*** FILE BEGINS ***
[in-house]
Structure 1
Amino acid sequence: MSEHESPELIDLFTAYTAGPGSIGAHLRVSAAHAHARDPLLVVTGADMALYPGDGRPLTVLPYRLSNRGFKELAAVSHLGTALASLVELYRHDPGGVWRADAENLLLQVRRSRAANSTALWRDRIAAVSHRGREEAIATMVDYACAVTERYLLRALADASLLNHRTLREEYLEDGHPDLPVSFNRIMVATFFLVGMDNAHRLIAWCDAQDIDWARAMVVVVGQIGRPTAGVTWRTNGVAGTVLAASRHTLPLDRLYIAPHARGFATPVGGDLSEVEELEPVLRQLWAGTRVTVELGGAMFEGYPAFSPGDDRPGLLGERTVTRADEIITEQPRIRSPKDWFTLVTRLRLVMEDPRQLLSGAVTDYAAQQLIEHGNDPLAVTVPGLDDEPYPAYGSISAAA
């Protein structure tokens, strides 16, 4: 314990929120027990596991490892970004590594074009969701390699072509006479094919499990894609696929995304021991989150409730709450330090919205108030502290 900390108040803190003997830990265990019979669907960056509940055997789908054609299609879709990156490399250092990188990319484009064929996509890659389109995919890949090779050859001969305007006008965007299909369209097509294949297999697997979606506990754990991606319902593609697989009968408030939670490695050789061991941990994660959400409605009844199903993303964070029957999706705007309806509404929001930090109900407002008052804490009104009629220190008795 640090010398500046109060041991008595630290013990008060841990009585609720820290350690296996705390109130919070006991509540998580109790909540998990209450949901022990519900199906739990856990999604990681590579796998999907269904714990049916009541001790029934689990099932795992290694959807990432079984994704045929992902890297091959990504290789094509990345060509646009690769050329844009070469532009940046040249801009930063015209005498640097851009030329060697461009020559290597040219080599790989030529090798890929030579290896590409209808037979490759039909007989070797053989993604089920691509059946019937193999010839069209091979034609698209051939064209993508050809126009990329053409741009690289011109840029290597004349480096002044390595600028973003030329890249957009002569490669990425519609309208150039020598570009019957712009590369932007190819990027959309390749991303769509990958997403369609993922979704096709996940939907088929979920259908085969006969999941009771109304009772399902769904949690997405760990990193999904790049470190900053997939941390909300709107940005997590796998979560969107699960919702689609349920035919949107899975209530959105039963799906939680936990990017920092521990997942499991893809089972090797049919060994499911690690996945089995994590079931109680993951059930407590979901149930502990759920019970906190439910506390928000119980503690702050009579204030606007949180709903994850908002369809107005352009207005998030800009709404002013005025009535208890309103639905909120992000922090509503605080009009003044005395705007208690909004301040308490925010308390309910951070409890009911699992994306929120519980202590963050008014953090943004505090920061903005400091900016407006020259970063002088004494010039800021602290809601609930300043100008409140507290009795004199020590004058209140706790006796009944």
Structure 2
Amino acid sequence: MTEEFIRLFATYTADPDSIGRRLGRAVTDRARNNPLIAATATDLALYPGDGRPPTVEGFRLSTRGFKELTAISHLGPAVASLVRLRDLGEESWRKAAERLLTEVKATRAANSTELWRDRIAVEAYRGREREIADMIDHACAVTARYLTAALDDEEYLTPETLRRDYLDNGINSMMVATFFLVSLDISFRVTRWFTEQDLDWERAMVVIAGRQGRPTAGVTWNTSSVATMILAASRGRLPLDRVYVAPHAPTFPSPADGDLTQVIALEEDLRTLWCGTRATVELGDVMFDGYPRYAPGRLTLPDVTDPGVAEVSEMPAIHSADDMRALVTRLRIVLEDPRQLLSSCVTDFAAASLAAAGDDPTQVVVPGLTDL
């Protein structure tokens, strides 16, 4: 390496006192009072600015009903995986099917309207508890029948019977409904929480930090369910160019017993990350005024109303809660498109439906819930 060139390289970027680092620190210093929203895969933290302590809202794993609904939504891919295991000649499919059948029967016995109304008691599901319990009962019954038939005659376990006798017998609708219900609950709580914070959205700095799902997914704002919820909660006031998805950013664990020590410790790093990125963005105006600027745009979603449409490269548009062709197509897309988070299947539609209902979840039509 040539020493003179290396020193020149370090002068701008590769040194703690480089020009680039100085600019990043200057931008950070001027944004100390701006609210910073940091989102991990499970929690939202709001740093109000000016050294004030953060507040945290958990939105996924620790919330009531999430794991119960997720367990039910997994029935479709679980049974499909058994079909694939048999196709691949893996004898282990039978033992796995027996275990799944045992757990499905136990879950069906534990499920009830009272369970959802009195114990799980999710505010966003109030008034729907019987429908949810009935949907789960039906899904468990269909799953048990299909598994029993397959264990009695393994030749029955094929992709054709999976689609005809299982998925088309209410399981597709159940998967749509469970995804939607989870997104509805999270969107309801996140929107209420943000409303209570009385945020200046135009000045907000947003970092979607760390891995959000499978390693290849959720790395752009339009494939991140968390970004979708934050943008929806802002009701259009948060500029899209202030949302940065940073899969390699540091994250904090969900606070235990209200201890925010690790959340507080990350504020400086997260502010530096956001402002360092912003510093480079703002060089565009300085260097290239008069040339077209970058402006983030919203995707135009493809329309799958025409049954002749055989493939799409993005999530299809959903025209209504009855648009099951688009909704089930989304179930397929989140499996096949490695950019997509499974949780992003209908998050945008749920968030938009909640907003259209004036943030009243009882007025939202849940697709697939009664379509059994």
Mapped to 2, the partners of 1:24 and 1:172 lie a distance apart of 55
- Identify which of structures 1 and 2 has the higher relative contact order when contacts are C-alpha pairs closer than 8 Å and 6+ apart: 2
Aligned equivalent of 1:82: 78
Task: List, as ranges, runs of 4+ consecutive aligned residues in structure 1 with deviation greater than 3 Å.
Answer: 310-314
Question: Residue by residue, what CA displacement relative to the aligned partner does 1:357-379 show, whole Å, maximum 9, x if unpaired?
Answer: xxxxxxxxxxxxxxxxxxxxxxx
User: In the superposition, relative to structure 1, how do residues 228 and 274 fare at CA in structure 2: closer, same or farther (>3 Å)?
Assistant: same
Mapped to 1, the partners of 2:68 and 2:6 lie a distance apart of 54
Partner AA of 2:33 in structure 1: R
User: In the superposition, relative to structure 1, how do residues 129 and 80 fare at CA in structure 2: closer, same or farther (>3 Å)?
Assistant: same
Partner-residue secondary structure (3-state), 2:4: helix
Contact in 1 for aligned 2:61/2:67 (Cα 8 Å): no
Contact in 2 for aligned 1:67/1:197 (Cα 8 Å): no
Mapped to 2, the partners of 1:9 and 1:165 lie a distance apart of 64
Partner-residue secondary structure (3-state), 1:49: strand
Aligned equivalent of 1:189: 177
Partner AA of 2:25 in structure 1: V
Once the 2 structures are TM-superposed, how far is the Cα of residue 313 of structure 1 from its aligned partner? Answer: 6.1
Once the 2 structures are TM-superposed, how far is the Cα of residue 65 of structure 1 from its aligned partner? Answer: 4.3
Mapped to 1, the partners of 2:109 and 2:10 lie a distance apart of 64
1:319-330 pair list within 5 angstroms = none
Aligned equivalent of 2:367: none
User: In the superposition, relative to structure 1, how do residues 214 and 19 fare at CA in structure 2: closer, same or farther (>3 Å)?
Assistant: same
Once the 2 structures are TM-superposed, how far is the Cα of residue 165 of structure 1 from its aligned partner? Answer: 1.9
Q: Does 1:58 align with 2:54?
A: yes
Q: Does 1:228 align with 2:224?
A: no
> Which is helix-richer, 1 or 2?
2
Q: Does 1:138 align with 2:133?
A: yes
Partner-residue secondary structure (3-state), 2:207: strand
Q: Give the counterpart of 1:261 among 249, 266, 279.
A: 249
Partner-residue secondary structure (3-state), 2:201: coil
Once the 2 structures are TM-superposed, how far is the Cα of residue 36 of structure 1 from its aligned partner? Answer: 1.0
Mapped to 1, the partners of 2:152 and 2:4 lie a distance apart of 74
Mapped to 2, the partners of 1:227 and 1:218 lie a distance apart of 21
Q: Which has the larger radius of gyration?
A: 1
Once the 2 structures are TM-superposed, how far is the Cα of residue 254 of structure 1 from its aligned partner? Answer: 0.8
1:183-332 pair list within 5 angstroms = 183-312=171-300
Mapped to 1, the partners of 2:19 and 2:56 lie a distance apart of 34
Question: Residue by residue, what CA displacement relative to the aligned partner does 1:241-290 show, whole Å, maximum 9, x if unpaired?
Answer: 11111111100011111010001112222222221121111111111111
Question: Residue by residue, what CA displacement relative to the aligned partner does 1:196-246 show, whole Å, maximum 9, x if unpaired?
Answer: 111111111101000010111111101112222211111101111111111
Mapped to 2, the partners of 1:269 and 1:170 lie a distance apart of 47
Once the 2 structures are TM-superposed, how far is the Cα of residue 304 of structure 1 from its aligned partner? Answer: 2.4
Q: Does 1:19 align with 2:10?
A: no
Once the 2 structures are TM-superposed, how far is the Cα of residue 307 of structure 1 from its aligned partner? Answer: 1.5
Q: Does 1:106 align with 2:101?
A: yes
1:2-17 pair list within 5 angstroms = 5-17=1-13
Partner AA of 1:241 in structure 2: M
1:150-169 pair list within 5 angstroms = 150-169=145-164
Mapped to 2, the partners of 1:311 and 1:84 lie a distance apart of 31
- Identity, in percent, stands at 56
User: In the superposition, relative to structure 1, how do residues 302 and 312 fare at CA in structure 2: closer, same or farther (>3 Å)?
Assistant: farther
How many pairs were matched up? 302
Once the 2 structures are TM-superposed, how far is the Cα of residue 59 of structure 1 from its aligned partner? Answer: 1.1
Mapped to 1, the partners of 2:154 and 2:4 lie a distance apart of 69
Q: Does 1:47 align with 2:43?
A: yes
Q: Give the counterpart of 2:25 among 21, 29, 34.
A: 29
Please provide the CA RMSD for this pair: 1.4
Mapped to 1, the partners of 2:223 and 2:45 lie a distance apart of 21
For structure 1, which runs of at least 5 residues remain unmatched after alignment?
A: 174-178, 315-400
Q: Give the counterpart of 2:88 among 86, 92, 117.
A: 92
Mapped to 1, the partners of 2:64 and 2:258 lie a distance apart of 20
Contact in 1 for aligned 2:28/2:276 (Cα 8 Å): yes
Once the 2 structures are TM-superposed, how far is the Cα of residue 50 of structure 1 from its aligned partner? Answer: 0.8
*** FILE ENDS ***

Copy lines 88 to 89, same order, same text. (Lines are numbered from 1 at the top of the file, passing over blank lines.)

Contact in 1 for aligned 2:28/2:276 (Cα 8 Å): yes
Once the 2 structures are TM-superposed, how far is the Cα of residue 50 of structure 1 from its aligned partner? Answer: 0.8